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Website entitled to rely on information from court, rules watchdog

NewIPSOA newspaper website was entitled to rely on information from a court regarding a defendant’s address even though it later proved to be incorrect, the press watchdog ruled.

The Liverpool Echo’s website carried a report on a County Lines drug dealer who had pleaded guilty to supplying heroin and crack cocaine, giving his street-level address in the story.

It prompted a complaint from a family member of the man who said the story inaccurately reported his address, saying it was hers and the man did not in fact live there.

As well as being inaccurate in breach of Clause 1 of the Editor’s Code, the complainants said it breached Clause 2 (Privacy) as she considered her address to be private information.

The Echo did not accept that address was inaccurate and said the information came from a police press release and from court papers

After receiving notice of the complaint from IPSO, the publication had also emailed the court which had confirmed the address in the story was correct.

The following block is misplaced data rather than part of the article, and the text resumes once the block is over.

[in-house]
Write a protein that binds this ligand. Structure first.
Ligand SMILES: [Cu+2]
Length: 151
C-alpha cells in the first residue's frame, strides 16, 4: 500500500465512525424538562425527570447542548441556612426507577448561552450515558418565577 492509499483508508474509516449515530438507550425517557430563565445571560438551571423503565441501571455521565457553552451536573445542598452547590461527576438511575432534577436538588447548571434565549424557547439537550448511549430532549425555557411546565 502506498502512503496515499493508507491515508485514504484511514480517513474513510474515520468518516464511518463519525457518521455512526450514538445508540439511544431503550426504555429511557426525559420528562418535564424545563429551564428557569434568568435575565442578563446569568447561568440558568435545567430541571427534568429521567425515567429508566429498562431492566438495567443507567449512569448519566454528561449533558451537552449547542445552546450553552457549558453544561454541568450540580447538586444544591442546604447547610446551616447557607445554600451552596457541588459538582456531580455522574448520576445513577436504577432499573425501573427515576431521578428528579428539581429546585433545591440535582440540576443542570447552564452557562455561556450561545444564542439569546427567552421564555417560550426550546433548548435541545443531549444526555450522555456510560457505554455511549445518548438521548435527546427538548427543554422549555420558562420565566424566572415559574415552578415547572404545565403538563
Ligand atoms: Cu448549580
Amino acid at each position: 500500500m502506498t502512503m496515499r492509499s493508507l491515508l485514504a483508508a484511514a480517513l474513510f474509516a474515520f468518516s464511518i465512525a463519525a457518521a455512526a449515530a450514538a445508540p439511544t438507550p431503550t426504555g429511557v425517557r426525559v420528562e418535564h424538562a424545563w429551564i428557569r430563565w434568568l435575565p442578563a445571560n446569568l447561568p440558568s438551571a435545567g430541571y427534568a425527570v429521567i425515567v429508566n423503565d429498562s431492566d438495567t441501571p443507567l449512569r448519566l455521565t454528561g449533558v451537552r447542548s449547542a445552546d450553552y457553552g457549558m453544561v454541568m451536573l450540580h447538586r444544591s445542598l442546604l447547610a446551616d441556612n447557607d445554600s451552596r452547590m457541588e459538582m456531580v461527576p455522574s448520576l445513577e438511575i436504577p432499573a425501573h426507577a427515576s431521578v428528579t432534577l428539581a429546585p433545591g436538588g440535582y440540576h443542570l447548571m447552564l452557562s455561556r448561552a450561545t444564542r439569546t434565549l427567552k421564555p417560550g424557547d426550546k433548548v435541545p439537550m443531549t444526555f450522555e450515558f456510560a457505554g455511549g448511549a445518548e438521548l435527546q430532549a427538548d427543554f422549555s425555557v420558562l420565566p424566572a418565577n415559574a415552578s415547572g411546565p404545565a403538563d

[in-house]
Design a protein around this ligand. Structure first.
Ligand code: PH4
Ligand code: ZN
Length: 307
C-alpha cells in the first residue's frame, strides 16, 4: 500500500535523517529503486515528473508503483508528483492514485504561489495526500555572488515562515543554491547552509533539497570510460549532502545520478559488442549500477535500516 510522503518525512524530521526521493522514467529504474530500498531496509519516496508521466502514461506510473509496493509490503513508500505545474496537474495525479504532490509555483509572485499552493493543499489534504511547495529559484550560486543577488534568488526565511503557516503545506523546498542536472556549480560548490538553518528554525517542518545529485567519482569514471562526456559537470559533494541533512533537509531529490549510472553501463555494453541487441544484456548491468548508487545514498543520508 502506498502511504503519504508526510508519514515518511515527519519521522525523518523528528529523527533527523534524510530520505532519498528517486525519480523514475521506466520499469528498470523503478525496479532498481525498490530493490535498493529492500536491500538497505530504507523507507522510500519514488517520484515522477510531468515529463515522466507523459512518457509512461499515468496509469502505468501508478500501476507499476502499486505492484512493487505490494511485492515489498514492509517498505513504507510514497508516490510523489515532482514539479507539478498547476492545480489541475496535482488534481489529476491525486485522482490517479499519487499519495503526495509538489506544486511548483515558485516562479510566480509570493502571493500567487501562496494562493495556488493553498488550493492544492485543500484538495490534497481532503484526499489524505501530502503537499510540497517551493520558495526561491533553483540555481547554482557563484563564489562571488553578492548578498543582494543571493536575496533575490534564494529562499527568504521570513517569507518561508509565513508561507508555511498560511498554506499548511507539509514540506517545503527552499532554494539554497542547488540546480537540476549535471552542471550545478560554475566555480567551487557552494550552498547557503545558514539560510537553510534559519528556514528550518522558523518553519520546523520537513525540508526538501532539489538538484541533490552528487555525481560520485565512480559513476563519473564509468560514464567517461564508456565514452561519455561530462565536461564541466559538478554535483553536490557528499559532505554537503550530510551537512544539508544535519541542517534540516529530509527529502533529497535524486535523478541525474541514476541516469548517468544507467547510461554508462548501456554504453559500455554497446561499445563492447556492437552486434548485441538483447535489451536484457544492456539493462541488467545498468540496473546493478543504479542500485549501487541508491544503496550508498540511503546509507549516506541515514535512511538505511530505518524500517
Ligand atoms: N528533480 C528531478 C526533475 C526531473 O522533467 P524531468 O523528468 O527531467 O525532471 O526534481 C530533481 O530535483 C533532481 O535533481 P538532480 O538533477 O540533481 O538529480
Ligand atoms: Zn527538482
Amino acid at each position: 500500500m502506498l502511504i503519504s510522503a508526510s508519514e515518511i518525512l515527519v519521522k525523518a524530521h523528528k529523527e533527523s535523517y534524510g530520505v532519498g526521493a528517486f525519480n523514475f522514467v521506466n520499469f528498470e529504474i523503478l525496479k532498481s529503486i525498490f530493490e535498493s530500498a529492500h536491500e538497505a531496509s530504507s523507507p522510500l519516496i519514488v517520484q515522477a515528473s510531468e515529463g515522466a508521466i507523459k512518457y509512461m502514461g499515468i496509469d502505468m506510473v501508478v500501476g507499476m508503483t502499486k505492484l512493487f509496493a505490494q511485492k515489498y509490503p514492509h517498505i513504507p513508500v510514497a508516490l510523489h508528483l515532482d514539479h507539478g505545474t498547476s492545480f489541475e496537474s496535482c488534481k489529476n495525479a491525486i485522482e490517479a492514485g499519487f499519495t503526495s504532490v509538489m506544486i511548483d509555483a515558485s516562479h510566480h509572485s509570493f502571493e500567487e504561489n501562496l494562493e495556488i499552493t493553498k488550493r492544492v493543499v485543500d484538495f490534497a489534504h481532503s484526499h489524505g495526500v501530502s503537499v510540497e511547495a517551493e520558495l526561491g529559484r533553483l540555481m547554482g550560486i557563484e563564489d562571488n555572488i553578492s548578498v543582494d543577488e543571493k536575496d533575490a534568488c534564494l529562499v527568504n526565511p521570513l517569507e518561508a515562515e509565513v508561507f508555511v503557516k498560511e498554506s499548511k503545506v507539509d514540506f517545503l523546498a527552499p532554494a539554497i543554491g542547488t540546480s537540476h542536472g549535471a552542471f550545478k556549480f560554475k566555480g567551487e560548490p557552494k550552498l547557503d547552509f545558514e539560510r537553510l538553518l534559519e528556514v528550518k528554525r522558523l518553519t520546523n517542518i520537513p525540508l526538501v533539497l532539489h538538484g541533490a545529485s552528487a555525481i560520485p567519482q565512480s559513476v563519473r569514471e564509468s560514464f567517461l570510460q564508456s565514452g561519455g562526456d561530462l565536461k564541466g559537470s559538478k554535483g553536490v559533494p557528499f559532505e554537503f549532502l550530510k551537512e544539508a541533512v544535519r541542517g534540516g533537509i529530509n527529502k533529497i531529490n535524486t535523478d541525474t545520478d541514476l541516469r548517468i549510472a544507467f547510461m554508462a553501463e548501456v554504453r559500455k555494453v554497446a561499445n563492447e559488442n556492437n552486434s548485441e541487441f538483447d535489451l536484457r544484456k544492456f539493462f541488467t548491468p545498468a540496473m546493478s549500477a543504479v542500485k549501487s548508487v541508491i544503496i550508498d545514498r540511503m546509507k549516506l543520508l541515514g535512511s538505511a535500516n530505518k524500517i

During the investigation the complainant contacted the police who later disclosed that her address was not the address it had listed for the man in its internal records.

The Echo said this new information did not change its position as the information originally came from the court and it was entitled to rely on it, particularly where it had double-checked its accuracy with the court. However, it said it would be happy to remove the address from the article as a gesture of goodwill.

In its ruling, IPSO’s Code Committee said the newspaper was entitled to rely on the information from the court and the police for its reporting, particularly in circumstances where – on the face of it – there was no indication that the address may have been inaccurate.

It said the publication was responsible for reporting what was heard at court accurately; it was not responsible for the accuracy of the information heard at court. As such, the Committee considered the article to be an accurate report of court proceedings.

The Committee appreciated the inclusion of the complainant’s address in the article had been distressing for her, and welcomed the publication’s offer to remove it. However, the article did not state the complainant lived at the address, so publishing it did not represent an intrusion into her privacy.

The complaint was not upheld and the full adjudication can be read here.